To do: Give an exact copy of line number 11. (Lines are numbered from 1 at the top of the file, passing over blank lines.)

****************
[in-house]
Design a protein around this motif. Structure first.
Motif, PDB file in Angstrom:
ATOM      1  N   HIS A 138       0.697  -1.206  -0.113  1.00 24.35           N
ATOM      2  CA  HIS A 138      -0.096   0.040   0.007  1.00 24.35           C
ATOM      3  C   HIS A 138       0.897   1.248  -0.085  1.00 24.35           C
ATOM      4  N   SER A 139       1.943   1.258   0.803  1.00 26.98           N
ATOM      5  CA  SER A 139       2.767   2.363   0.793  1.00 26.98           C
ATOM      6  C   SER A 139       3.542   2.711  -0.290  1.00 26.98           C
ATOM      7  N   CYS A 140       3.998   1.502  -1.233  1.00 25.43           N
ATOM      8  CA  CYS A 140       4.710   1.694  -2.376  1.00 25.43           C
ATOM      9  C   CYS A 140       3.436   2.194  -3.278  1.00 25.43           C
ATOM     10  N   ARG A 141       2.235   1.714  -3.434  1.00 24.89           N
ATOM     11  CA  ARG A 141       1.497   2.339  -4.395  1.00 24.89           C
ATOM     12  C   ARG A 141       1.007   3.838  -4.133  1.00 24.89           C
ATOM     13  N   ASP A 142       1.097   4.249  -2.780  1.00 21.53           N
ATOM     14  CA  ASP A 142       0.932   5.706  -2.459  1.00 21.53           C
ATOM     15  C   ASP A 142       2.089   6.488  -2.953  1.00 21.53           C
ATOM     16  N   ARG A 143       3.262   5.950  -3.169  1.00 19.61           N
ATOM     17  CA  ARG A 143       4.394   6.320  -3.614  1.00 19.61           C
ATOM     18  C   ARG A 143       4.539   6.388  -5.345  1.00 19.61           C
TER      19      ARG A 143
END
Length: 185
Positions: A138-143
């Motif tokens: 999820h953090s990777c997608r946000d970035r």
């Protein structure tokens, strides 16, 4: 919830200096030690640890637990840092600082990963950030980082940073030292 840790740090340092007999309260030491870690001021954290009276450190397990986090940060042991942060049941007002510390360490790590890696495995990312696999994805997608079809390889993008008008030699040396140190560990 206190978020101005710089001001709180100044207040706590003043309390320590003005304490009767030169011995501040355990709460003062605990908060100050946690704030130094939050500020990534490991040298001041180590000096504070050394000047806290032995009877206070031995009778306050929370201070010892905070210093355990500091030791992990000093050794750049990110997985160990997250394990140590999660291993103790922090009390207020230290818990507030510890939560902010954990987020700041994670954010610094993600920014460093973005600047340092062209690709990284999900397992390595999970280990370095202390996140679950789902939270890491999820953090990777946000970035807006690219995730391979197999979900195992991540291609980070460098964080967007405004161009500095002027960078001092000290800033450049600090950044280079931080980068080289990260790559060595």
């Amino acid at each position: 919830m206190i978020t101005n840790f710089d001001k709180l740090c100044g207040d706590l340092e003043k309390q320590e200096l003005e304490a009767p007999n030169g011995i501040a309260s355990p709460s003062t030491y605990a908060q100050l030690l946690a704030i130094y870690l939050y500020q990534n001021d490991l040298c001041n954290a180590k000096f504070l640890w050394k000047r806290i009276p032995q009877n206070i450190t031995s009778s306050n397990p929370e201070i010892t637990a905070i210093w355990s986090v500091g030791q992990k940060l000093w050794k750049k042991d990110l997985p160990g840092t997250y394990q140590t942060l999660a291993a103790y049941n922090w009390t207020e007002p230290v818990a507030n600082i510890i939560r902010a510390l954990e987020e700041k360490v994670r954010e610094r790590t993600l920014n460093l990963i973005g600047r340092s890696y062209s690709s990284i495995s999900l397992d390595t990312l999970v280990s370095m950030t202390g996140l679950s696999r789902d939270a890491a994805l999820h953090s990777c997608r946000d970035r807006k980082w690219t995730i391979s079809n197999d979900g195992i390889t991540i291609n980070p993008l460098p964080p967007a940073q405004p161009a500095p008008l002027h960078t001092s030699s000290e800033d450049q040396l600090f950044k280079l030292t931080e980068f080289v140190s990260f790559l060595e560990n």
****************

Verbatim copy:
ATOM      8  CA  CYS A 140       4.710   1.694  -2.376  1.00 25.43           C